Although it will not be published for quite a while, I am looking forward to a forthcoming publication from de Gruyter: Prophecy in the Ancient Near East and the Hebrew Bible by Martti Nissinen. For those who are not aware, Martti Nissinen is well known for his work with Near Eastern literature and prophecy. One of his books was, in fact, one of the first academic books which I ever read. So, he is very much the reason why I do what I do today.
This is a snippet from my translation of an Akkadian marriage contract.
“If Bashtum has said to Rimum, her husband, “You are not my husband,” they will throw Bashtum into the river.” – Marriage contract written in Akkadian
Although it won’t be released for a few months, I am excited to read Ilan Peled’s Masculinities and Third Gender: The Origins and Nature of an Institutionalized Gender Otherness in the Ancient Near East. It will be published by Ugarit-Verlag. After reviewing Goddesses in Context, I look forward to how Peled will contribute to our understanding of gender and sexuality in the ancient Near East.
I just realized that I never formally announced some good news via my blog. I was admitted into the University of Chicago Divinity School to complete my MA! Although won’t be posting nearly as many reviews from new publications, I plan on writing about each book I read for the coursework in order to ensure that I fully grasp the content.
Thank your readership that has encouraged me to continue working diligently!
I am hope to eventually read Van de Mieroop’s forthcoming book titled Philosophy before the Greeks: The Pursuit of Truth in Ancient Babylonia. It looks extraordinary. Here is little summary from the Princeton University Press website:
There is a growing recognition that philosophy isn’t unique to the West, that it didn’t begin only with the classical Greeks, and that Greek philosophy was influenced by Near Eastern traditions. Yet even today there is a widespread assumption that what came before the Greeks was “before philosophy.” In Philosophy before the Greeks, Marc Van De Mieroop, an acclaimed historian of the ancient Near East, presents a groundbreaking argument that, for three millennia before the Greeks, one Near Eastern people had a rich and sophisticated tradition of philosophy fully worthy of the name.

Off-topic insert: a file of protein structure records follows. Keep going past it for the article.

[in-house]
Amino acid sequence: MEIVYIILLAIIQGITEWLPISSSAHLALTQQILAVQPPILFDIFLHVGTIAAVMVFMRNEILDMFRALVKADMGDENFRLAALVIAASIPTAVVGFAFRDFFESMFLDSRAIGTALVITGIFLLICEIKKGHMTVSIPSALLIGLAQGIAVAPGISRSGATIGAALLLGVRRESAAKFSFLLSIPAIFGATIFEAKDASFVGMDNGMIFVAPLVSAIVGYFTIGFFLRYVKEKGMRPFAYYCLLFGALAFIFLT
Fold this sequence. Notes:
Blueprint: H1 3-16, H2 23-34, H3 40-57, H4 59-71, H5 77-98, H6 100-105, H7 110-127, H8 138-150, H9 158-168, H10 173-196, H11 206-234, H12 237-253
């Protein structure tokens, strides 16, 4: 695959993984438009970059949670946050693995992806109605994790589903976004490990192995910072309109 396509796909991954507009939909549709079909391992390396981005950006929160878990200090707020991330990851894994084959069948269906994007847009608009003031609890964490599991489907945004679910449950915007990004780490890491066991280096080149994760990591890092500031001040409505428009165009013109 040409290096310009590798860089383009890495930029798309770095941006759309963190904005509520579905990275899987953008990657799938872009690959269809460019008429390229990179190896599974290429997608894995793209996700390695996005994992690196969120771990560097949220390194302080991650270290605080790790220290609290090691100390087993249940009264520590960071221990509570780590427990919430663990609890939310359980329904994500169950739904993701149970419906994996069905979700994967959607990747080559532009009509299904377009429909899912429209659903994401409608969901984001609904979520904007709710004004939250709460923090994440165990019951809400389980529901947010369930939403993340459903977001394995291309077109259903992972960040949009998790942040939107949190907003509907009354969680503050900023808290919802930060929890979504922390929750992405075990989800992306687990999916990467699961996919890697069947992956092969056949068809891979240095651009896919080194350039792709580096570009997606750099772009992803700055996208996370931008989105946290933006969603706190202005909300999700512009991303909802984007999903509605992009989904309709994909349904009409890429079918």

In the first century BC, the Greek historian Diodorus of Sicily praised the Babylonians for their devotion to philosophy. Showing the justice of Diodorus’s comment, this is the first book to argue that there were Babylonian philosophers and that they studied knowledge systematically using a coherent system of logic rooted in the practices of cuneiform script. Van De Mieroop uncovers Babylonian approaches to knowledge in three areas: the study of language, which in its analysis of the written word formed the basis of all logic; the art of divination, which interpreted communications between gods and humans; and the rules of law, which confirmed that royal justice was founded on truth.
The result is an innovative intellectual history of the ancient Near Eastern world during the many centuries in which Babylonian philosophers inspired scholars throughout the region—until the first millennium BC, when the breakdown of this cosmopolitan system enabled others, including the Greeks, to develop alternative methods of philosophical reasoning. (Source)
“Hebrew is in some ways very different from European languages. Do not try to confine it within the prison of English grammatical terms, or it may laugh and run away from you.” – John H. Dobson in Learn Biblical Hebrew, 2nd Edition, pg. 39.
The picture of little Hebrew letters running away from prison with English grammar guards is now stuck in my mind.
I’m primarily posting this article from a book published in 2010 for my own records. Though, I do hope that somebody will find use of the article. I have a few ideas percolating in my brain involving salt and ritual.
“In addition to its various utilitarian functions , literary evidence confirms that salt served several purposes in ritual activities across the ancient Near East. For example, Mesopotamian texts describe the use of salt in animal and vegetable sacrifices, incense offerings, various magical rites, and ritual curses. Salt is cited also in the analogies of Mesopotamian omen literature.”– Jeffrey Stackert (Associate Professor of Hebrew Bible; Associate Faculty in the Department of Classics and the Department of Near Eastern Languages and Civilizations at the University of Chicago)